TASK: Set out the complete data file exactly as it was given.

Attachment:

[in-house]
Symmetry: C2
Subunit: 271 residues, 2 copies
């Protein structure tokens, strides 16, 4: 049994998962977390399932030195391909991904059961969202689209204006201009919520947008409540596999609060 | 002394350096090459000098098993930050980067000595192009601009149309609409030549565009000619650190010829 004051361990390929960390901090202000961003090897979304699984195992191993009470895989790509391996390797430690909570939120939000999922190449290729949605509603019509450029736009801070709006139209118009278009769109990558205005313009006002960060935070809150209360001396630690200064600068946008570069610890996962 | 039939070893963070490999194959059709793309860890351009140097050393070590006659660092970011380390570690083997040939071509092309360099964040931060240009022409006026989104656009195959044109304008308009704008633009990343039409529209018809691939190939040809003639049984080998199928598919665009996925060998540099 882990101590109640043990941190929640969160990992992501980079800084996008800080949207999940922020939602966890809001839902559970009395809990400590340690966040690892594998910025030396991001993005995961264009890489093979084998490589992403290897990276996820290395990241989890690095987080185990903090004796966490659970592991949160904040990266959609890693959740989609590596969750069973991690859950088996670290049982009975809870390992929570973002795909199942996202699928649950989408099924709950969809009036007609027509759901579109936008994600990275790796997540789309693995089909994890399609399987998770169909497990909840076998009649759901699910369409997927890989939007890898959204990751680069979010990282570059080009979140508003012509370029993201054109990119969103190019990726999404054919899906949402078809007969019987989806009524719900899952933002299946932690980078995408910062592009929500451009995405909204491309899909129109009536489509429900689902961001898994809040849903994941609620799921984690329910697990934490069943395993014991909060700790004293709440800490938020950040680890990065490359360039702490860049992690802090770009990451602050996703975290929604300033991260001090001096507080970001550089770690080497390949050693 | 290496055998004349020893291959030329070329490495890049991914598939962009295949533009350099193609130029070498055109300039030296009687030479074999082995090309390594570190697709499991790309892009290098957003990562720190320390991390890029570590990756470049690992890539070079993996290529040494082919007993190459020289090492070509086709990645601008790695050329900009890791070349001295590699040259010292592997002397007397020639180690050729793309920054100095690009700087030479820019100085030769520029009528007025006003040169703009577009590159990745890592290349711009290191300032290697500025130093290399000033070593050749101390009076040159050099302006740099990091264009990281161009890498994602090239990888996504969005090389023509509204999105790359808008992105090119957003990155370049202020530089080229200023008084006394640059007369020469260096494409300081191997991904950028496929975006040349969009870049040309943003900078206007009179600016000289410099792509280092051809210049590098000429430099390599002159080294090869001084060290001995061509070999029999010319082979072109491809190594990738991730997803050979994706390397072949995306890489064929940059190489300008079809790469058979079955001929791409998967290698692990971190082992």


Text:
[in-house]
Symmetry: C2
Subunit: 271 residues, 2 copies
């Protein structure tokens, strides 16, 4: 049994998962977390399932030195391909991904059961969202689209204006201009919520947008409540596999609060 | 002394350096090459000098098993930050980067000595192009601009149309609409030549565009000619650190010829 004051361990390929960390901090202000961003090897979304699984195992191993009470895989790509391996390797430690909570939120939000999922190449290729949605509603019509450029736009801070709006139209118009278009769109990558205005313009006002960060935070809150209360001396630690200064600068946008570069610890996962 | 039939070893963070490999194959059709793309860890351009140097050393070590006659660092970011380390570690083997040939071509092309360099964040931060240009022409006026989104656009195959044109304008308009704008633009990343039409529209018809691939190939040809003639049984080998199928598919665009996925060998540099 882990101590109640043990941190929640969160990992992501980079800084996008800080949207999940922020939602966890809001839902559970009395809990400590340690966040690892594998910025030396991001993005995961264009890489093979084998490589992403290897990276996820290395990241989890690095987080185990903090004796966490659970592991949160904040990266959609890693959740989609590596969750069973991690859950088996670290049982009975809870390992929570973002795909199942996202699928649950989408099924709950969809009036007609027509759901579109936008994600990275790796997540789309693995089909994890399609399987998770169909497990909840076998009649759901699910369409997927890989939007890898959204990751680069979010990282570059080009979140508003012509370029993201054109990119969103190019990726999404054919899906949402078809007969019987989806009524719900899952933002299946932690980078995408910062592009929500451009995405909204491309899909129109009536489509429900689902961001898994809040849903994941609620799921984690329910697990934490069943395993014991909060700790004293709440800490938020950040680890990065490359360039702490860049992690802090770009990451602050996703975290929604300033991260001090001096507080970001550089770690080497390949050693 | 290496055998004349020893291959030329070329490495890049991914598939962009295949533009350099193609130029070498055109300039030296009687030479074999082995090309390594570190697709499991790309892009290098957003990562720190320390991390890029570590990756470049690992890539070079993996290529040494082919007993190459020289090492070509086709990645601008790695050329900009890791070349001295590699040259010292592997002397007397020639180690050729793309920054100095690009700087030479820019100085030769520029009528007025006003040169703009577009590159990745890592290349711009290191300032290697500025130093290399000033070593050749101390009076040159050099302006740099990091264009990281161009890498994602090239990888996504969005090389023509509204999105790359808008992105090119957003990155370049202020530089080229200023008084006394640059007369020469260096494409300081191997991904950028496929975006040349969009870049040309943003900078206007009179600016000289410099792509280092051809210049590098000429430099390599002159080294090869001084060290001995061509070999029999010319082979072109491809190594990738991730997803050979994706390397072949995306890489064929940059190489300008079809790469058979079955001929791409998967290698692990971190082992």